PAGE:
The Tau Chapter of Epsilon Sigma Phi was organized at the University of Maryland in 1928. This chapter of the honorary fraternity for agricultural extension agents has emphasized the attainment of professional excellence and the encouragement of 4-H programs, among other goals. The files of the Tau Chapter of Epsilon Sigma Phi include correspondence, reports, publications, photographs, financial records, and documentation of members' achievements.
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6.25 Linear Feet
The records of the Tau Chapter of Epsilon Sigma Phi cover the period 1928 to 2011 and contain correspondence, financial records, constitutions, directories, publications, and minutes. These records document the administrative activities and services of the chapter. Important subjects include Greek letter societies, the Association of Land Grant Colleges and Universities, 4-H, Smith-Lever Act, and the Federal Retirement Act. Among the correspondents are: Thomas A. Coleman; Seaman A. Knapp; A. Frank Lever; W. A. Lloyd; E. I. Oswald; Rep. Vincent L. Palmisano; Madge J. Reese; S. B. Shaw; Georgianan Smurwaite; Thomas B. Symons; and James Wilson.
Epsilon Sigma Phi is an honorary professional fraternity for agricultural extension agents. Founded on January 10, 1927, in Bozeman, Montana, the fraternity soon attracted members nationwide. According to the fiftieth anniversary handbook for the Tau Chapter, the purpose of the fraternity was "to promote fellowship among Extension workers, to uphold ideals of superior work and to encourage advanced training." The fraternity met these goals by recognizing outstanding extension workers with awards, by establishing a scholarship loan fund for the use of members, and by holding an annual banquet and meeting at which members socialized and participated in a program relating to extension work. Epsilon Sigma Phi also pushed for colleges to grant academic rank, sabbatical leave, and other privileges to extension employees and was instrumental in the movement to provide retirement benefits for agricultural extension workers.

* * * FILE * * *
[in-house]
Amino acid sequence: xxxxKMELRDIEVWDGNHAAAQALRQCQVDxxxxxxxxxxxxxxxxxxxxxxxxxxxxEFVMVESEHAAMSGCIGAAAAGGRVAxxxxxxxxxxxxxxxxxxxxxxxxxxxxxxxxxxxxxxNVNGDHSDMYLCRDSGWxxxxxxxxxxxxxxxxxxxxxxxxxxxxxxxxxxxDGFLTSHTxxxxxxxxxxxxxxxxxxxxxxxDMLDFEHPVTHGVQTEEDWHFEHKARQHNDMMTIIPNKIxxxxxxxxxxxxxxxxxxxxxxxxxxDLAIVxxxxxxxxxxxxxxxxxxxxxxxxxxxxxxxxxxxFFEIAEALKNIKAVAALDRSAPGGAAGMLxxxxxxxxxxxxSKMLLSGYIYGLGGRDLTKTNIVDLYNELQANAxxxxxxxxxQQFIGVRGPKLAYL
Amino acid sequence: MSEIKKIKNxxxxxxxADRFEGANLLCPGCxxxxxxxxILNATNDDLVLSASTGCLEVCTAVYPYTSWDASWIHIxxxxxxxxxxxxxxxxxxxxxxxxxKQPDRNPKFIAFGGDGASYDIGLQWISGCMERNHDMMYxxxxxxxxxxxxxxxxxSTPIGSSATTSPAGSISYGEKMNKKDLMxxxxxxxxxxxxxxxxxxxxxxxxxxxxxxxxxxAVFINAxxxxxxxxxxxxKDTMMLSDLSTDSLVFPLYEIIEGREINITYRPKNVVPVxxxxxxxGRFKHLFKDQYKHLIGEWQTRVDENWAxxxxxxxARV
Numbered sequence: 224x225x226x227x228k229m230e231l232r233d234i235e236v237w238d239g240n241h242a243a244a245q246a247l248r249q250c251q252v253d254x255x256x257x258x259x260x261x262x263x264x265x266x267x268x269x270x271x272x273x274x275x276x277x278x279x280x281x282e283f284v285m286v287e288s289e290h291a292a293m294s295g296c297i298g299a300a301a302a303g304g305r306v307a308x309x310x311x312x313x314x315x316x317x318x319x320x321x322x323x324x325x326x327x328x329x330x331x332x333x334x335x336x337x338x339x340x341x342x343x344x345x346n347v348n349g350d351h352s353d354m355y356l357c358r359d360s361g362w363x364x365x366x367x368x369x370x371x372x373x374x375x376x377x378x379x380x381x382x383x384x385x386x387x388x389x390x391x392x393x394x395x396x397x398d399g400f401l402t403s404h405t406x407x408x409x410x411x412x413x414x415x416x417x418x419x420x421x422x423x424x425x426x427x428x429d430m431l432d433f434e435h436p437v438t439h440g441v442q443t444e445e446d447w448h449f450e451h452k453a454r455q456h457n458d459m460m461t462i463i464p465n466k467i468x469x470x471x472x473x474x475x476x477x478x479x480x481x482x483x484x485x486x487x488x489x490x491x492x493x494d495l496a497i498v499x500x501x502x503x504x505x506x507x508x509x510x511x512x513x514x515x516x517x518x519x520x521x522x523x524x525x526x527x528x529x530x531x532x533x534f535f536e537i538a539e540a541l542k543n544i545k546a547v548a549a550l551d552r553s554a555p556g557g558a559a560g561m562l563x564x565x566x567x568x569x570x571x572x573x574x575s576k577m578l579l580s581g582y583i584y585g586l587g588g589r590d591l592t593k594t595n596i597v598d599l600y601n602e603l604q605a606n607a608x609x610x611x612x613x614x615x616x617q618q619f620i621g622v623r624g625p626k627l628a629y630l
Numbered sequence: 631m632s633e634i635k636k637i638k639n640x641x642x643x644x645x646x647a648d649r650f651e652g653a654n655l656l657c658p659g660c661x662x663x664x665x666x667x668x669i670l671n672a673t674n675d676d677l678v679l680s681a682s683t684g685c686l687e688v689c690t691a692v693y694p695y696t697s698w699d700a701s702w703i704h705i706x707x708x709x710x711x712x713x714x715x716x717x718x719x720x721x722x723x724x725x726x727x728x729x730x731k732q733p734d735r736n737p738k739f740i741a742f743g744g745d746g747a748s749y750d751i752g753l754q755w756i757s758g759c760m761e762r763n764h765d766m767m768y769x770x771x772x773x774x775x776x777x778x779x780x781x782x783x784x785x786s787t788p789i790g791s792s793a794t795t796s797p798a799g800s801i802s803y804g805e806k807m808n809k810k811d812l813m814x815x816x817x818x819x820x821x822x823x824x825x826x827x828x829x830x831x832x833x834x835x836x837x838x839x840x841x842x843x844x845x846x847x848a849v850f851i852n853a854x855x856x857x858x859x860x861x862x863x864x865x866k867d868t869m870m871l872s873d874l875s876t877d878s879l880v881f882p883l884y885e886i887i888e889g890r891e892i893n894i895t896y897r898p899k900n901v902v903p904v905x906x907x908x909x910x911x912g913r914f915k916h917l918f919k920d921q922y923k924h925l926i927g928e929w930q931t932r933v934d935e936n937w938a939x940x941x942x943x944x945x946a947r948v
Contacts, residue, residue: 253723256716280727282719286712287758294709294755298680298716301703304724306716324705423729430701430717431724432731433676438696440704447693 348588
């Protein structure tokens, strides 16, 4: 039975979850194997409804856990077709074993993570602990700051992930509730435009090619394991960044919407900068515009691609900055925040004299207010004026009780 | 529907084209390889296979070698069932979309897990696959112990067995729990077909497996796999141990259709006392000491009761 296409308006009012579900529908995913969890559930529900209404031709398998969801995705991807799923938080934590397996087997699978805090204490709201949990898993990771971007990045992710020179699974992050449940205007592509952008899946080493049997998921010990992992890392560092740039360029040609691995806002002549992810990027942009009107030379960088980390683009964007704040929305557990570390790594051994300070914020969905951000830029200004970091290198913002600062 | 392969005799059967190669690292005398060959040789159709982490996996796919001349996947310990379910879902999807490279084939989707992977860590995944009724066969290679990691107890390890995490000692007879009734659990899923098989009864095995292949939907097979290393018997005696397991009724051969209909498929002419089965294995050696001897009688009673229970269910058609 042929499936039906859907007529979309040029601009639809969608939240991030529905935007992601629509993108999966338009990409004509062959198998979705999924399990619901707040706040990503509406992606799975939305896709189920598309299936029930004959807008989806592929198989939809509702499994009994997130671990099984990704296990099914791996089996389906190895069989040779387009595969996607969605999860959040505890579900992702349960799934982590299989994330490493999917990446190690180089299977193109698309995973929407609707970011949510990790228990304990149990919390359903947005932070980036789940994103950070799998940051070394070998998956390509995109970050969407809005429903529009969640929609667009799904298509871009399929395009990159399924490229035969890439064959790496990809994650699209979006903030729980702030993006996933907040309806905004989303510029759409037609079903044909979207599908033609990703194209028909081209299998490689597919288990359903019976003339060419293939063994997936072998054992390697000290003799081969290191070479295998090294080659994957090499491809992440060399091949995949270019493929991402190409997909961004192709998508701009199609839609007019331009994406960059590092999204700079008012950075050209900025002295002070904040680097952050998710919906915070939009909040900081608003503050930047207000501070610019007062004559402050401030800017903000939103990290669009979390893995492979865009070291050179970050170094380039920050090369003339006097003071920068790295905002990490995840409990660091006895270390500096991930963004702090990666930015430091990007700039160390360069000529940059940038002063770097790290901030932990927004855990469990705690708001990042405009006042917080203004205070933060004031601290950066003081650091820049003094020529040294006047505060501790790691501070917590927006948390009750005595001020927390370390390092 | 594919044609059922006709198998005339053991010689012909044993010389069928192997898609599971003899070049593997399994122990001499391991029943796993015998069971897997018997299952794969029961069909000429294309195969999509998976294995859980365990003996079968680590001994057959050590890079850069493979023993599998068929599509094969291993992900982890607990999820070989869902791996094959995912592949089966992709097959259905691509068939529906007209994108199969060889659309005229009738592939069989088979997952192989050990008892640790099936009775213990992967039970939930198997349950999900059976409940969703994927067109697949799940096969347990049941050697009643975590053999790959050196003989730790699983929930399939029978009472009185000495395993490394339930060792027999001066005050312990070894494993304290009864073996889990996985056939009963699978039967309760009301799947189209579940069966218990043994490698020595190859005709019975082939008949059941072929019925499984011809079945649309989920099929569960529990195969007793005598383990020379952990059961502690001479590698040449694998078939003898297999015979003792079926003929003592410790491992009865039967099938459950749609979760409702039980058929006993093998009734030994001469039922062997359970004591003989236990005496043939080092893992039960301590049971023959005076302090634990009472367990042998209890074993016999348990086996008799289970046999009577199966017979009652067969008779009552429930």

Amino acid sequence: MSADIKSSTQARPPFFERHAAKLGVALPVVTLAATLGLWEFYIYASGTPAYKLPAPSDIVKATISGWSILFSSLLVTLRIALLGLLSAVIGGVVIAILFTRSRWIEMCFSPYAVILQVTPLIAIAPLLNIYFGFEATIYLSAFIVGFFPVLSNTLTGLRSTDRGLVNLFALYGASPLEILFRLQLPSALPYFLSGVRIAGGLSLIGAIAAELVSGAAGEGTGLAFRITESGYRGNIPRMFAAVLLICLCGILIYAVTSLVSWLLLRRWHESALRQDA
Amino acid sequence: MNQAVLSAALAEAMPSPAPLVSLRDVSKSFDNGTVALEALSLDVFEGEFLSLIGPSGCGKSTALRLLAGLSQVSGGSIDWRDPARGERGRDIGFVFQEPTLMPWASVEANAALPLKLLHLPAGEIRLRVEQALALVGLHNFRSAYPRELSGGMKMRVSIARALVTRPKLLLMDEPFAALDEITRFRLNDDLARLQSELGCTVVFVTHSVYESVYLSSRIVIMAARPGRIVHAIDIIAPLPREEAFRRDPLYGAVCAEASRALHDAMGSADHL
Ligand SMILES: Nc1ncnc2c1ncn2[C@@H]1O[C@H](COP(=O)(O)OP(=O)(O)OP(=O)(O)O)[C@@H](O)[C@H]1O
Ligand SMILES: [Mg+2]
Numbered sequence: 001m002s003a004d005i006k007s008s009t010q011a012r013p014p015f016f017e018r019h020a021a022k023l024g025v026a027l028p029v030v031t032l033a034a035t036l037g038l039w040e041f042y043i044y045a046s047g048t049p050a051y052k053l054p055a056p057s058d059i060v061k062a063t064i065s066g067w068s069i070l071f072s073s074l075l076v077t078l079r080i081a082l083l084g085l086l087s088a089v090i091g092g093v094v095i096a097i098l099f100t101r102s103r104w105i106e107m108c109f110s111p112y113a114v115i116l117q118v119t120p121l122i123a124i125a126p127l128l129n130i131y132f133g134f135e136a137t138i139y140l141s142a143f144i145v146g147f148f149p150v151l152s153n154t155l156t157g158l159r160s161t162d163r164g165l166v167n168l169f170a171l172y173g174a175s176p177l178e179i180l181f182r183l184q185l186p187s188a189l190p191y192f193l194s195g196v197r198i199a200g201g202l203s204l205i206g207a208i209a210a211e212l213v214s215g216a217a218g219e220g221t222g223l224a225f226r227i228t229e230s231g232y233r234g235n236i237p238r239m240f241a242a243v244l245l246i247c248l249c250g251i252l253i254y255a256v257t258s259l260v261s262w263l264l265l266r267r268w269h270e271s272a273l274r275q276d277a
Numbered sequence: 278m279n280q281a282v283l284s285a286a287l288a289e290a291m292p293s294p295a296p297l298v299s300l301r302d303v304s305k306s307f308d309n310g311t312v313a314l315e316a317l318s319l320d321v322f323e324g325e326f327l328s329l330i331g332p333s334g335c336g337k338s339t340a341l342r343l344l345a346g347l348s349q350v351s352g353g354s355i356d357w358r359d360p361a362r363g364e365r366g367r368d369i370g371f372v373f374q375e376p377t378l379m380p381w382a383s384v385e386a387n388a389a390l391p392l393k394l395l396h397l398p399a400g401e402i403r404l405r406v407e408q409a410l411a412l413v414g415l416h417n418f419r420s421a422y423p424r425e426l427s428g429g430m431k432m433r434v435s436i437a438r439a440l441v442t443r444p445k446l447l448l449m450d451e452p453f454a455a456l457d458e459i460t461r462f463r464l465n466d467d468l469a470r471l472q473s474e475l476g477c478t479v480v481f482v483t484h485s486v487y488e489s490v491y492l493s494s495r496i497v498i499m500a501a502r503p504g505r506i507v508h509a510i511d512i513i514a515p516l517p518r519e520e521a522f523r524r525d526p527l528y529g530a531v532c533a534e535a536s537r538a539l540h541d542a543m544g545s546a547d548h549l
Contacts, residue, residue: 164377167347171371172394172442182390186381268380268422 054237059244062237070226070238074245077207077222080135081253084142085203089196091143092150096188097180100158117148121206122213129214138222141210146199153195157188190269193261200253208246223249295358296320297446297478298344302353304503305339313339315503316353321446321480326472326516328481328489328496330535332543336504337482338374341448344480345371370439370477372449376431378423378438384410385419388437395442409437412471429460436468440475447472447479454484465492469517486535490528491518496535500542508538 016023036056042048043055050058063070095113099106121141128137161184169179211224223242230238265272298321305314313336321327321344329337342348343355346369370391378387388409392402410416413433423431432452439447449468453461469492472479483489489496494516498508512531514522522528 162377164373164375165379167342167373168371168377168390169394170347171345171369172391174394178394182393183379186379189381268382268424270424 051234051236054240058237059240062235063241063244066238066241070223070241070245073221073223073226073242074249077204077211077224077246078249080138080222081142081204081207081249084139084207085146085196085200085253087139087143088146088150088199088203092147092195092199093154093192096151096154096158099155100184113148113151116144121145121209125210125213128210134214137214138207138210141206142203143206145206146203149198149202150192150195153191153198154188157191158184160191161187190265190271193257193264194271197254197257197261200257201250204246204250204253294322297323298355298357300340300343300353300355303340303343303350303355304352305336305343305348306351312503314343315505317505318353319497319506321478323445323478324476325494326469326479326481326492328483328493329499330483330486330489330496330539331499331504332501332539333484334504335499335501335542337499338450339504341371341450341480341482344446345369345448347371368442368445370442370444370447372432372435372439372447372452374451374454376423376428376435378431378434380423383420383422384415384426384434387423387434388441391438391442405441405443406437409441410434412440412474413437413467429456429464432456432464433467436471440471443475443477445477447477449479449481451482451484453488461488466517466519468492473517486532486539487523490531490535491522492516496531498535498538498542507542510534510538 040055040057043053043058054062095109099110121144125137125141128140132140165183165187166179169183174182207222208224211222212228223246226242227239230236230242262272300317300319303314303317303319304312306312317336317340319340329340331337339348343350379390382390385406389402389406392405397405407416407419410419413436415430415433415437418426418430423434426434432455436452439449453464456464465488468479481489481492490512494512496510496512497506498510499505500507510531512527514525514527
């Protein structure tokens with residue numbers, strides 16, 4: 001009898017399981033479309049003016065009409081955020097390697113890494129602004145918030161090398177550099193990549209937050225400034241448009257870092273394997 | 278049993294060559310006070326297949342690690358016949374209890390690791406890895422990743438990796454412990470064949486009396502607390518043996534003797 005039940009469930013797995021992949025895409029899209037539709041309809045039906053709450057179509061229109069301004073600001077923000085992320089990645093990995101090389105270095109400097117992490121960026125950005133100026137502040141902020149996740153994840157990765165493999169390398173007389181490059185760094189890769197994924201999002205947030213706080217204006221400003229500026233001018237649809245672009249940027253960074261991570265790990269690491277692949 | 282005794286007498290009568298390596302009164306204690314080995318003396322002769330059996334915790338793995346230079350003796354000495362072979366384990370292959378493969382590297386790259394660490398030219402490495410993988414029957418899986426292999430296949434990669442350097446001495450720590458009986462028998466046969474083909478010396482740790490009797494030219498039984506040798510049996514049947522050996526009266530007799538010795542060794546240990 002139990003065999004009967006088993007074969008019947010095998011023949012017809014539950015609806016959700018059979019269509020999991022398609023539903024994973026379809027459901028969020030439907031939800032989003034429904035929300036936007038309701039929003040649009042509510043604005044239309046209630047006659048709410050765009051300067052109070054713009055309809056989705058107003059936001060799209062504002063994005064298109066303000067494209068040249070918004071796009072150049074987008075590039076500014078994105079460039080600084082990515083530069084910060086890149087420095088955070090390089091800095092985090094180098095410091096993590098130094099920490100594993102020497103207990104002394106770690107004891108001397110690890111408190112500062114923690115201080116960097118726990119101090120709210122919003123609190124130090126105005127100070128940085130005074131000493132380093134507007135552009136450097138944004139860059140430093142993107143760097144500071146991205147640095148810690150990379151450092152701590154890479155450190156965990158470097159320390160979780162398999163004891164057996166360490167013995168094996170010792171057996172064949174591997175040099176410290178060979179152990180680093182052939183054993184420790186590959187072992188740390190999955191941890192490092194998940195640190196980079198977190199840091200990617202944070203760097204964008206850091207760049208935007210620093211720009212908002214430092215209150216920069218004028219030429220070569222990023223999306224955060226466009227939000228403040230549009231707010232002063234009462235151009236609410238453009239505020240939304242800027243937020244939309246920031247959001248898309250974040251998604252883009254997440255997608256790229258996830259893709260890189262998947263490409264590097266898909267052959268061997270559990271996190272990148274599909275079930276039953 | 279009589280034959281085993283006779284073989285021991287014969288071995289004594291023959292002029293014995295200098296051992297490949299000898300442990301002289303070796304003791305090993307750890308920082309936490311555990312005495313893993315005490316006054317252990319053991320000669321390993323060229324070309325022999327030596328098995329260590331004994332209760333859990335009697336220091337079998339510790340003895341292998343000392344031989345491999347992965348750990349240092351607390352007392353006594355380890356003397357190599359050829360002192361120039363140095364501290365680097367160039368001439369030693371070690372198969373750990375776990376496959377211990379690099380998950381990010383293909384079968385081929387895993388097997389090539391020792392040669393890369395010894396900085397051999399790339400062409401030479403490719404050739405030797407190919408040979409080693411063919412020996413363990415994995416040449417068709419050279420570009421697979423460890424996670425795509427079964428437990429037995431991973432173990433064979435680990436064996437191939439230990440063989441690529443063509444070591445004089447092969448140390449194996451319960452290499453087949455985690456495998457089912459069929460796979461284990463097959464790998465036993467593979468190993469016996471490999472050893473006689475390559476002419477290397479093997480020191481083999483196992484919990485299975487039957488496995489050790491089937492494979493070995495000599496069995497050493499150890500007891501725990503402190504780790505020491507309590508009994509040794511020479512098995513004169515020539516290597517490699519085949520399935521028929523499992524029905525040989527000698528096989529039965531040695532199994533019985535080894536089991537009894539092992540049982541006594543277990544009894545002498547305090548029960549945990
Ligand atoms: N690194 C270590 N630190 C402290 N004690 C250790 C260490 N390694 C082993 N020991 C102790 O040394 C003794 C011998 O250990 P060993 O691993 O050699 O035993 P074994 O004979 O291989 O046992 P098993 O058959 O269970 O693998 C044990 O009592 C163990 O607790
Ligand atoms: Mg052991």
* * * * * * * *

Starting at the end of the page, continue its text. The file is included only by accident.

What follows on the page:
Mr. William A. Lloyd, a representative of the Cooperative Extension Service, organized the Tau Chapter of Epsilon Sigma Phi at College Park, Maryland, on January 19, 1928. There were thirteen charter members; Thomas B. Symons was the first chief. To be considered for membership, candidates for induction had to have performed satisfactory service for at least ten years as an extension worker; the period was reduced to five years in 1964. Candidates also had to be currently employed at least half-time by the University of Maryland and/or by the federal Extension Service of the U. S. Department of Agriculture.
Traditionally the Tau Chapter held one meeting a year, at the time and place of the Annual Extension Conference. There were also several executive meetings a year, and occasionally spring and fall meetings were held. To foster continuing education, the Tau Chapter made membership loans and scholarships available for members. The Chapter also encouraged 4-H programs through their 4-H Recognition Award to county leaders. In 1952 the Tau Chapter started the Hall of Service to recognize those persons who had completed twenty-five years of work in extension, and in 1975, the chapter initiated the Rookie of the Year Award, recognizing a person who had been on the Maryland Cooperative Extension Service staff for more than one year but less than two and who had shown special talent and energy in carrying through a program.
The Tau Chapter of Epsilon Sigma Phi continues to be active in 2015.
The records are organized into two series and five subseries:
The records of the Tau Chapter of Epsilon Sigma Phi were deposited by Theodore L. Bissell, historian for Tau Chapter, in the University of Maryland Libraries on March 29, 1965. Additional materials separated from various university archival record groups during processing were incorporated into the collection in January 2000. Material donated by Dr. Richard Angus in 2011and David Ross in 2014 was incorporated into the collection in 2015.
Staples were pulled and replaced with plastic clips. Items were refoldered in acid-free folders. Photographs were moved to the photograph collection. Fraternity pin and pendant moved to the memorabilia collection.